Her film Muse depicts a photographer (played by Shizuka Ishibashi of The Tokyo Night Sky is Always the Densest Shade of Blue) who befriends the wife of a famous novelist (Jun Murakami), whose heroines always die young. Before the photographer realizes she’s fallen in love, however, there is a tragedy.

Said the director, “I wanted to depict this kind of story because it’s about a novelist who fictionalizes his own wife. I thought that was a really invasive thing to do, to repress her personality until it’s one dimensional. But the female photographer is able to see this novelist’s muse as a whole person.”

And taken all together, that’s the accomplishment of 21st Century Girl: that a whole female, in all her complexity and full of promise, emerges. When Ayaka Kato remarked, “I’d love to see us all come together again in 30 years to make a film about grandmothers of the 21st century,” a substantial portion of the audience nodded and smiled.

Yamato mentioned that an article in the Asahi Shimbun last month reported that only 3% of the major films made over the past 20 years in Japan had female directors. So remember these names: Yuka Eda, Momoko Fukuda, Kanae Higashi, Aya Igashi, Yurina Kaneko, Ayaka Kato, Hana Matsumoto, Aimi Natsuto, Yukari Sakamoto, Rin Shuto, Yuka Yasukawa, Risa Takeuchi, Sakura Tamagawa, Yoko Yamanaka, Ū-ki Yamato.

They have fully committed to ongoing careers in the film industry, and their time is now.

 

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© “21st Century Girl Film Partners” (ABC Rights Business, VAP) 

 

Selected Media Exposure

 

HIS LOST NAME


HIS LOST NAME (Yoake)


January 15, 2019
Q&A guest: Director Nanako Hirose


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Nanako Hirose makes her first appearance at FCCJ.  ©Koichi Mori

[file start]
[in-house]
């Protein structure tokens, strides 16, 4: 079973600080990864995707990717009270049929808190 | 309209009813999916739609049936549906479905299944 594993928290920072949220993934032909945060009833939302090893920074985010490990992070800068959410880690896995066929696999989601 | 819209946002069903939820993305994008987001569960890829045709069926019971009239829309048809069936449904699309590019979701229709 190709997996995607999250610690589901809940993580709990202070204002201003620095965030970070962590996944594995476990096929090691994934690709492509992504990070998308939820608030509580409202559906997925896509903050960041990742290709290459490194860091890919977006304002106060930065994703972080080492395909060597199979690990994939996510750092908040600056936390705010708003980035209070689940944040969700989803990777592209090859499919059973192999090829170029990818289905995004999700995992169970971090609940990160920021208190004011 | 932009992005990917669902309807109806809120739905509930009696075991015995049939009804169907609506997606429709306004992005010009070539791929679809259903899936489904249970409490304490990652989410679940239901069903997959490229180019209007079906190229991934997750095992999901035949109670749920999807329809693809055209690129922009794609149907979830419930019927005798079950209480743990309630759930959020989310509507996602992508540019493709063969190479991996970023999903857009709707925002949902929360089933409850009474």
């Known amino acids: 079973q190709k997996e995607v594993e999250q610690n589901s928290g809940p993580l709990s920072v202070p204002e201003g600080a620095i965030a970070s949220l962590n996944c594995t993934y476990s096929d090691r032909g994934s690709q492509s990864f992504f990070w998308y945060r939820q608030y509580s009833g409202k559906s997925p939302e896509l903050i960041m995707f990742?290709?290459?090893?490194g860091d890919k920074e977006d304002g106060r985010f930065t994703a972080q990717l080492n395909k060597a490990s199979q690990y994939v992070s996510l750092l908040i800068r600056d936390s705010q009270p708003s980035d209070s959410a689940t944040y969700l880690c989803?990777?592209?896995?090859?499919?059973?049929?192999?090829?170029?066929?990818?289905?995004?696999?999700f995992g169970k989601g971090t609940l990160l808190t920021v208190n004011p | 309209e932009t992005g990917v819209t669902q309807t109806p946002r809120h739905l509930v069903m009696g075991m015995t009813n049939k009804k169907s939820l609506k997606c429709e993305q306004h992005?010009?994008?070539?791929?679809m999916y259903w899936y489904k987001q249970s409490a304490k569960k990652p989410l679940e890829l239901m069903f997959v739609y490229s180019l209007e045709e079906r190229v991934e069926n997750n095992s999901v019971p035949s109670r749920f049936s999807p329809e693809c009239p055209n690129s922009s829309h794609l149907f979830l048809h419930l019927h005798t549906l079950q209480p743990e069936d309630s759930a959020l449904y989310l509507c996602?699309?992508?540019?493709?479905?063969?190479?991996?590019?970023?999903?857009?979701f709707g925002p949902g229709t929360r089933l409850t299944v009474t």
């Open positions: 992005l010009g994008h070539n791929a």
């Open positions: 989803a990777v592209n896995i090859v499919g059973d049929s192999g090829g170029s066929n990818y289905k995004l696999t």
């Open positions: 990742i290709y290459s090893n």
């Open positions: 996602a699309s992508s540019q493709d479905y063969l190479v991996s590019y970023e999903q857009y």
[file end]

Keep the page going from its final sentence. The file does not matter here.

There’s nothing quite like being called the protégé of a beloved Cannes Palme d’Or-winning director to attract interest in your own directorial debut.

But while she must be feeling intense pressure from all the attention, Nanako Hirose displays the equanimity of a veteran. As she told the FCCJ audience following the sneak preview screening of her first feature, His Lost Name, “I’ve been watching Mr. (Hirokazu) Kore-eda work up close for a very long time, so I have to admit that his work is at the core of my own. I’m very grateful to him for allowing me to make my feature debut with this film, but I look at this as my declaration of independence, as my becoming a filmmaker in my own right.” 

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©Koichi Mori

Hirose had joined Bunbuku, the production company run by Kore-eda and Miwa Nishikawa, in 2011, after graduating from Musashino Art University. Over the next seven years, she worked as a director’s assistant on Kore-eda’s TV series Going Home (2012), as well as his films Like Father, Like Son (2013), Our Little Sister (2015) and After the Storm (2016). She also served in the same capacity on Nishikawa’s The Long Excuse (2016).

Kore-eda and Nishikawa are credited with providing “development supervision” for His Lost Name, and when queried about the meaning of that, Hirose said, “Bunbuku is essentially a collective, and its mission is to discover and [nurture] new talent. We can propose a film project, and if it’s accepted, Mr. Kore-eda and Ms. Nishikawa will participate in and oversee the project. I started writing the script in the summer of 2016, and we went into production about 18 months later, shooting for about a month.”

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Kaoru Kobayashi rescues Yuya Yagira... or is it the other way around? 
©2019 "His Lost Name" Production Committee

Like her mentor, Hirose takes her time telling her story in His Lost Name. As the camera gently observes their quotidian rituals, her characters grapple with unanswerable questions, and only gradually are the mysteries at the heart of her deeply moving film revealed.

As it opens, a young man grieves on a bridge, but we are spared his ensuing act of desperation. Discovered and rescued from the riverbank by taciturn widower Tetsuro (Kaoru Kobayashi of Midnight Diner), the young man (Yuya Yagira, Destruction Babies) is clearly torn between fleeing and staying. “Stay until you feel better,” suggests the older man, who seems to have an innate understanding of the youth’s anguish, and perhaps other reasons for the generous gesture.